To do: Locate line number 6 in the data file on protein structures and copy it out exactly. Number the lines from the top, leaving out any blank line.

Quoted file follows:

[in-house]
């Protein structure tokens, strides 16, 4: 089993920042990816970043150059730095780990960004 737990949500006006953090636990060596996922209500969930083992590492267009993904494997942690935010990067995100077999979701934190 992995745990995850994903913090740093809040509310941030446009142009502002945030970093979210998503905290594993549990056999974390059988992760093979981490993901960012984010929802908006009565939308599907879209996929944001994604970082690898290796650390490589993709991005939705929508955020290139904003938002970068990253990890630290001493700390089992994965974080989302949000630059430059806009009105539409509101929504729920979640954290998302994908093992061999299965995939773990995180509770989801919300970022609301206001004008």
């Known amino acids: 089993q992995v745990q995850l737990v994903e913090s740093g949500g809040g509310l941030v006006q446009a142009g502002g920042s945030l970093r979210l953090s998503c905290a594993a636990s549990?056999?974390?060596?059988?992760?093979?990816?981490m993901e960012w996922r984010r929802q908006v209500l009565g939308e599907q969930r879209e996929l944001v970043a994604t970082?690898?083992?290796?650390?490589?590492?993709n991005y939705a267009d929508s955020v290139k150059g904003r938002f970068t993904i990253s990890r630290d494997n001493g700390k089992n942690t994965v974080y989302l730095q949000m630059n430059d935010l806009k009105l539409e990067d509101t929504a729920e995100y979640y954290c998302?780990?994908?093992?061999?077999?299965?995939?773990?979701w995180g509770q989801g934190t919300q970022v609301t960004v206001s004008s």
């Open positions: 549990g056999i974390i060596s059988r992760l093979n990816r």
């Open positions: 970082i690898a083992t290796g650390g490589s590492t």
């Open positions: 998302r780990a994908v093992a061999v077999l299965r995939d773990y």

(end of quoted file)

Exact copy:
């Open positions: 998302r780990a994908v093992a061999v077999l299965r995939d773990y």